Relationship Breakdown What is the most important treatment tool that you have? How does the therapeutic relationship impact treatment? Excerpts from Lori Ashcraft’s “Partnering with Providers” presentation 6/20/07
Providers and the Recovery Process Providers may unintentionally interfere with recovery because they are unaware of how to facilitate it Providers may feel obligated to take the lead instead of encouraging the person to do so (enabling behavior) Providers may focus on the patient’s limitations instead of their potential/strengths Excerpts from Lori Ashcraft’s “Partnering with Providers” presentation 6/20/07
How it Happens Providers usually see people when they are struggling with problems Hence, they don’t see their successes Therefore, they often don’t see the evidence of recovery They may come to the conclusion that people are helpless and hopeless Excerpts from Lori Ashcraft’s “Partnering with Providers” presentation 6/20/07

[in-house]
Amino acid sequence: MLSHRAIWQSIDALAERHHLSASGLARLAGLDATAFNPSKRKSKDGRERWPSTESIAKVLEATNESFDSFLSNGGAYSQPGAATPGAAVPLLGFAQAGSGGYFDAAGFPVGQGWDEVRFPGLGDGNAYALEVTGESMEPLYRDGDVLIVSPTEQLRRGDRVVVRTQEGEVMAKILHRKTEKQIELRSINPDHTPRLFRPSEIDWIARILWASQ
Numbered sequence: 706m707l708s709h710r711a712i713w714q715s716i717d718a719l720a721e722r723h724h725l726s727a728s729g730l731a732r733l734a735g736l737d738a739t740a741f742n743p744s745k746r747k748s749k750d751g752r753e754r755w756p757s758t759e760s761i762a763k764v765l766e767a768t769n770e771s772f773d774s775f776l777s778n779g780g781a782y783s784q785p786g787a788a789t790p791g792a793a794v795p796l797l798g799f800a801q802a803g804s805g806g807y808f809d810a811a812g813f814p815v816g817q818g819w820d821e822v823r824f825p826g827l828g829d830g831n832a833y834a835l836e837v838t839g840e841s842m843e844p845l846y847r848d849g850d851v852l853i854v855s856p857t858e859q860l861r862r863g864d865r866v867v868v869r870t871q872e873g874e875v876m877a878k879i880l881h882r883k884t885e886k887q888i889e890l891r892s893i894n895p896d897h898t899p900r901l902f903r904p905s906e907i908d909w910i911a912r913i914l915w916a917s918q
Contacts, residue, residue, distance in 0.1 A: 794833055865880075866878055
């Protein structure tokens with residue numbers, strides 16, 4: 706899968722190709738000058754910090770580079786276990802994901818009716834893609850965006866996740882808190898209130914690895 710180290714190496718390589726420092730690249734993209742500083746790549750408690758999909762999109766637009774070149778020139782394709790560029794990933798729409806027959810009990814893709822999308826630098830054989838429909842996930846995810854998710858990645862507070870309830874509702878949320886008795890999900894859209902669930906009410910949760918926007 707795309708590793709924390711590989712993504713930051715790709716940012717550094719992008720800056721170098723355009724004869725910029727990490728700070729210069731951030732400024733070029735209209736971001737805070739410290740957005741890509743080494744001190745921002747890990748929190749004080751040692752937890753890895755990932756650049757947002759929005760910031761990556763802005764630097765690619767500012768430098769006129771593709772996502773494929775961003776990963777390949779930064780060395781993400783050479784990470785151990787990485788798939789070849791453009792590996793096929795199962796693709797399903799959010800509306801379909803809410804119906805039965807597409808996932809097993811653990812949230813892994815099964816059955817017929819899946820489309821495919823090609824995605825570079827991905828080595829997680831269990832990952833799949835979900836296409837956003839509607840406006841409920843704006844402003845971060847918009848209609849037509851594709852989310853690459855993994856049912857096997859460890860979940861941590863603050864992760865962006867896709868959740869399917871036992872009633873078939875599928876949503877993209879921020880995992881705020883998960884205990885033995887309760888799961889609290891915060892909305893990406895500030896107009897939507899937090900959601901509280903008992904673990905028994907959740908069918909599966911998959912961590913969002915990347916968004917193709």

This Leads to … Not believing that people recover Not believing they can help people recover Discouragement and burnout Poor results and outcomes Counter-stigma: people receiving services begin to see providers as irrelevant to their recovery Excerpts from Lori Ashcraft’s “Partnering with Providers” presentation 6/20/07
What can be done about this Provide effective training in recovery facilitation skills Develop an integrated workforce that encourages teamwork Provide training for professionals by peers Measure for recovery success so providers can see how they have helped to promote recovery and eliminate stigma Encourage an environment conducive to recovery Excerpts from Lori Ashcraft’s “Partnering with Providers” presentation 6/20/07